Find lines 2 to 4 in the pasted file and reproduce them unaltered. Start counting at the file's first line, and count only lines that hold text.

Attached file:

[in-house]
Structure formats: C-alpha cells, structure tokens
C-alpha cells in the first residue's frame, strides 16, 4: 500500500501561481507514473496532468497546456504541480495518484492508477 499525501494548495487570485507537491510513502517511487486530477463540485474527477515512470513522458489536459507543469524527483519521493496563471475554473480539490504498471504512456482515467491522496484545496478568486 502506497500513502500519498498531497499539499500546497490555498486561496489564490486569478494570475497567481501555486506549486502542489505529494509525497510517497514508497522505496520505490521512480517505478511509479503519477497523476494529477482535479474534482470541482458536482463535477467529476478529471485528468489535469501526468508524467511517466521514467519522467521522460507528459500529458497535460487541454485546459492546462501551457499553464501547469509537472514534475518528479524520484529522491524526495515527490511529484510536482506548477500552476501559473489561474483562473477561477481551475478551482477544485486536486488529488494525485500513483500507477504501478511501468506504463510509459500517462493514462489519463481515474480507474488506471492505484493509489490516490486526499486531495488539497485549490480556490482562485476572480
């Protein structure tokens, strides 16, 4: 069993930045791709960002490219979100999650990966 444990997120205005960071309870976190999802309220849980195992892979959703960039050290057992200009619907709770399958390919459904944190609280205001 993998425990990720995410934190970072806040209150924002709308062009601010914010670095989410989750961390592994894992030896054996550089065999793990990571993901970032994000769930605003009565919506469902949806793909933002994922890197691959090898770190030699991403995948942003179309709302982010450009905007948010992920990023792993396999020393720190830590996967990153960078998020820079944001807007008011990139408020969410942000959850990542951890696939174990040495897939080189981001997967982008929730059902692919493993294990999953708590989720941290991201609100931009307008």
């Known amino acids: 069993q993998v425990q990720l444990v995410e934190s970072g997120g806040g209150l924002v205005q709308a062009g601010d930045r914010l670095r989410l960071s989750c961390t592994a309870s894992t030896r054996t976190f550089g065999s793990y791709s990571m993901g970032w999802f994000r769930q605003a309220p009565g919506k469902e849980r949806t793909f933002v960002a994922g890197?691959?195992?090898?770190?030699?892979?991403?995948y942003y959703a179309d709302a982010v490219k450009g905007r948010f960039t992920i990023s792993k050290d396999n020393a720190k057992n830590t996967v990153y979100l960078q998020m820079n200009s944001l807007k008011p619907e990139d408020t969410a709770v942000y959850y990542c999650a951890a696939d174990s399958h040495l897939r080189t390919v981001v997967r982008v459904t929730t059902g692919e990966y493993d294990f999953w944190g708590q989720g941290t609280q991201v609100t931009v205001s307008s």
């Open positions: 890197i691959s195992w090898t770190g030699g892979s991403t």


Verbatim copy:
Structure formats: C-alpha cells, structure tokens
C-alpha cells in the first residue's frame, strides 16, 4: 500500500501561481507514473496532468497546456504541480495518484492508477 499525501494548495487570485507537491510513502517511487486530477463540485474527477515512470513522458489536459507543469524527483519521493496563471475554473480539490504498471504512456482515467491522496484545496478568486 502506497500513502500519498498531497499539499500546497490555498486561496489564490486569478494570475497567481501555486506549486502542489505529494509525497510517497514508497522505496520505490521512480517505478511509479503519477497523476494529477482535479474534482470541482458536482463535477467529476478529471485528468489535469501526468508524467511517466521514467519522467521522460507528459500529458497535460487541454485546459492546462501551457499553464501547469509537472514534475518528479524520484529522491524526495515527490511529484510536482506548477500552476501559473489561474483562473477561477481551475478551482477544485486536486488529488494525485500513483500507477504501478511501468506504463510509459500517462493514462489519463481515474480507474488506471492505484493509489490516490486526499486531495488539497485549490480556490482562485476572480
């Protein structure tokens, strides 16, 4: 069993930045791709960002490219979100999650990966 444990997120205005960071309870976190999802309220849980195992892979959703960039050290057992200009619907709770399958390919459904944190609280205001 993998425990990720995410934190970072806040209150924002709308062009601010914010670095989410989750961390592994894992030896054996550089065999793990990571993901970032994000769930605003009565919506469902949806793909933002994922890197691959090898770190030699991403995948942003179309709302982010450009905007948010992920990023792993396999020393720190830590996967990153960078998020820079944001807007008011990139408020969410942000959850990542951890696939174990040495897939080189981001997967982008929730059902692919493993294990999953708590989720941290991201609100931009307008």